The aspect of self defence

In the case at common law of Zecevic v DPP, the High Court of Australia set out the requirements for an action to be considered an act of self-defence rather than murder. According to the court, the question to be considered is whether the accused had reasonably believed upon reasonable grounds that the action was carried out with necessity to defend his or her life. If the accused had reasonable belief that the action would necessarily provide protection of his body or life due to the existence of reasonable grounds to take the action, then it should not be considered a case of murder but self-defence. If the jury is left in reasonable doubt about the question above, then the case presented in a court of law within the area of jurisdiction must result into an acquittal of the accused. In the case of Adele Vs the state, there is enough evidence that Victor had been assaulting and possibly instilling physical harm on Adele. In fact, evidence indicate that the rate of assault had become frequent, which made it necessary for Adele to find a better way of defending her life. According to the requirement given in the case of Zecevic v DPP it is evident that Adele believed upon reasonable grounds that it was necessary for her to take an action in defending her life. Secondly, it is clear that her life was under threat as shown by Victor’s act of approaching her with the intention to cause harm.

Thirdly, in Commonwealth Criminal Code Section 10.4(2), it is stated that an act is considered self defence if the offender or the accused carried out the conduct in the belief that he or she could have defended his or her life from an actual threat. In the case of Adele, there is substantial evidence that the only best way she could have defended herself was threatening Victor. In act, Adele knew, from experience with Victor, that he would not be scared by any other means apart from the use of the gun. We can prove this by referring to the situation in which he received the gunshot injury. Prior to the shooting, Adele had made a decision to hide from the abusive Victor in their room, but once he made an access to the room, it was not possible for her to run or withdraw, given that Victor was near the entrance. Therefore, the duty to retreat, as provided in the commonwealth case law (Smith and Hogan, Criminal Law, 1996, p264), did not apply. According to the court in the case law R v Bird [1985] 1 WLR 816, it is necessary to note that Victor was the threat, and had intentions to prevent Adele from retreating before causing bodily harm on her.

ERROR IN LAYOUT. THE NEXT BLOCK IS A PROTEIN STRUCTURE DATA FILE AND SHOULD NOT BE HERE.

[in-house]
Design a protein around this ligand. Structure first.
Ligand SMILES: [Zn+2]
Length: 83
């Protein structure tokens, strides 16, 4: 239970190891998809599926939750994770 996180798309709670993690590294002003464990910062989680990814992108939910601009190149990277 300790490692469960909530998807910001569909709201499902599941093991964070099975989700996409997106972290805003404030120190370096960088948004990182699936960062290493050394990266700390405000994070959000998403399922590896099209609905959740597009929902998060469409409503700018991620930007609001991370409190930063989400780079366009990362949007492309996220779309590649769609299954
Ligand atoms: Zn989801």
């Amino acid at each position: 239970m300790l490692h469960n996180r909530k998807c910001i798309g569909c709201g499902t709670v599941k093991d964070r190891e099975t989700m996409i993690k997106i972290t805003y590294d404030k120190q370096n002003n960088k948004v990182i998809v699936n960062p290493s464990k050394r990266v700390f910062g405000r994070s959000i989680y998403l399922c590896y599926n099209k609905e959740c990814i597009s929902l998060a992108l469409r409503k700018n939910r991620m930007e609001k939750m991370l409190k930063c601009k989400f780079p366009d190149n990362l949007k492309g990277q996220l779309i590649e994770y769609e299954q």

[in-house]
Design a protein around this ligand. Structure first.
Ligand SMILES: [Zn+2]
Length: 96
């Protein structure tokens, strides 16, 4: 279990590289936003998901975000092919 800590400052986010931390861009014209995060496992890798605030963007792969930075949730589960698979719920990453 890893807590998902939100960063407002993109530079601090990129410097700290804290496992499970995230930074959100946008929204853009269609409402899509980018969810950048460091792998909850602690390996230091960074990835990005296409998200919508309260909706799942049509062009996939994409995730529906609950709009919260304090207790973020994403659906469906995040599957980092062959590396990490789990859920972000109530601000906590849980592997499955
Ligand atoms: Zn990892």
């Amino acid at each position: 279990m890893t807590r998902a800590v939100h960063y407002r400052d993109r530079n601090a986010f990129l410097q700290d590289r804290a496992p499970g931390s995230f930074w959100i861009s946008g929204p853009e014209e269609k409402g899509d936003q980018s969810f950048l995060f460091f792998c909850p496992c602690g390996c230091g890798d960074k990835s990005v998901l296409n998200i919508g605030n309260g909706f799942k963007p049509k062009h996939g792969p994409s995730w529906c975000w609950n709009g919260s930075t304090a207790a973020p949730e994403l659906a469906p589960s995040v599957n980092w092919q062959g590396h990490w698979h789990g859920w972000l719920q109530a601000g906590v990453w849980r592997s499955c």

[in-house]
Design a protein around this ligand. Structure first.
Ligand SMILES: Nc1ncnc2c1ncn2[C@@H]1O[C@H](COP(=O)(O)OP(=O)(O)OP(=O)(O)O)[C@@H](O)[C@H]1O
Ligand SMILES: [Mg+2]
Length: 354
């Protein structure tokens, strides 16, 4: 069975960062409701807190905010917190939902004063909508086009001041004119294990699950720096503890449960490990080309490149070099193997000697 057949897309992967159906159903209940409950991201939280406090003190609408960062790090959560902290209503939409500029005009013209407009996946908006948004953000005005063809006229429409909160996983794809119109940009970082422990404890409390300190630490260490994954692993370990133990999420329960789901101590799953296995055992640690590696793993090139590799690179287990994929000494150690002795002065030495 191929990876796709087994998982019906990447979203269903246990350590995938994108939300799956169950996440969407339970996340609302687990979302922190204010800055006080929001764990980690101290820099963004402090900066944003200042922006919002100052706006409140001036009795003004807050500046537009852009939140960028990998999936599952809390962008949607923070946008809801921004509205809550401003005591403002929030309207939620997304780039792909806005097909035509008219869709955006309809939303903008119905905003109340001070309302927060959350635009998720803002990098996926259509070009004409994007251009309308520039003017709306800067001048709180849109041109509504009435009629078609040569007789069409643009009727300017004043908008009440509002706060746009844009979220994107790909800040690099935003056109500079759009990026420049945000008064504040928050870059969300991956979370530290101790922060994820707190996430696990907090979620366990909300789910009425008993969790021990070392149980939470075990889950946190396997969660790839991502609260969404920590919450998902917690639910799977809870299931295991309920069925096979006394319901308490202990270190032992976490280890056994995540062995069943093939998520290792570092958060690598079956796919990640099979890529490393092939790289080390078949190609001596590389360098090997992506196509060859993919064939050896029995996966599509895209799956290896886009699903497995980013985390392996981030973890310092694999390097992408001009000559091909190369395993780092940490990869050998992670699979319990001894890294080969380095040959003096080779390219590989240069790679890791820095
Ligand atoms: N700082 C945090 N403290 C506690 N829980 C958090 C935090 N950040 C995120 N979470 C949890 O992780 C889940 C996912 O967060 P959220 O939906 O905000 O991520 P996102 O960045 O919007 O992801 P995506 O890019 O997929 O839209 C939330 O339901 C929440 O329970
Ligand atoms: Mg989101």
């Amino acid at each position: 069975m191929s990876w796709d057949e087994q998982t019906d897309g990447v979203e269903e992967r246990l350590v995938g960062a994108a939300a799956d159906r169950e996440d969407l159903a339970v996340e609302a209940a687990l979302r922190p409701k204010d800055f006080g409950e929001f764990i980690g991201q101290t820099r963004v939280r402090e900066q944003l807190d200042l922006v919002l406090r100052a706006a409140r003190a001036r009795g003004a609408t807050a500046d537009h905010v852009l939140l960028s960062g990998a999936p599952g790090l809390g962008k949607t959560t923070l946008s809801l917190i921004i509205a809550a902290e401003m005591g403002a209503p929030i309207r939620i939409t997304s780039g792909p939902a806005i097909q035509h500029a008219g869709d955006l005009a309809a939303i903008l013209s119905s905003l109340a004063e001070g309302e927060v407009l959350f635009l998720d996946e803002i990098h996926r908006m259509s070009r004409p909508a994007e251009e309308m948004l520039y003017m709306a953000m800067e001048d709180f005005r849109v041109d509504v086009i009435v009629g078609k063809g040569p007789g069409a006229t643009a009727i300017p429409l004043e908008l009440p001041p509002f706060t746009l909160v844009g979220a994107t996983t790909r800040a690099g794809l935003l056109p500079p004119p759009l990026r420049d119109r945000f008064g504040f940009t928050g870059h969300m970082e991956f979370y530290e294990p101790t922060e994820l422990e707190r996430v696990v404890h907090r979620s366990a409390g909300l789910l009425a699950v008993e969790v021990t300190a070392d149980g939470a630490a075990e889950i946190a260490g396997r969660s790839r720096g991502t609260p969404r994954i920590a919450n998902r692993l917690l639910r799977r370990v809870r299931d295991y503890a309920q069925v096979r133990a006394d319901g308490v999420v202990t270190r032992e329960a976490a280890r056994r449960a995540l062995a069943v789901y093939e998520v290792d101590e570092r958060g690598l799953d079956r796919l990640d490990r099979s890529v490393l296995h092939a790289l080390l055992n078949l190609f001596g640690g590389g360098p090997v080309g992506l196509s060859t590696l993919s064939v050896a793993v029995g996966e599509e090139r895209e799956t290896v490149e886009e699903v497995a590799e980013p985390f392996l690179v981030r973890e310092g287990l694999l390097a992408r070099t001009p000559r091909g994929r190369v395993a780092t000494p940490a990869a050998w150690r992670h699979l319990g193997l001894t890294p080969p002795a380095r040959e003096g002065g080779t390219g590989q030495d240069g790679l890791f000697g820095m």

From the case laws and statutory acts above, it is evidence that Victor’s intention was to cause harm. Secondly, it is evidence that by shooting Victor, Adele intended to scare him off in self-defence. Thirdly, the fact that she called the ambulance provides evidence that she did not intend to kill him. Finally, the cause of Victor’s death is attributed to two other factors apart from the gunshot injuries- delay in medical attention and administration of the wrong anaesthesia.

Crimes Act 1900 §§ 27-30

Crimes Act 1900 § 23

R v Bird [1985] 1 WLR 816,

Smith and Hogan, Criminal Law, 1996, p264),

Brown, D et al, 2006, Brown, Farrier, Neal and Weisbrot’s Criminal Laws: Material and Commentary on Criminal Law and Process in New South Wales 627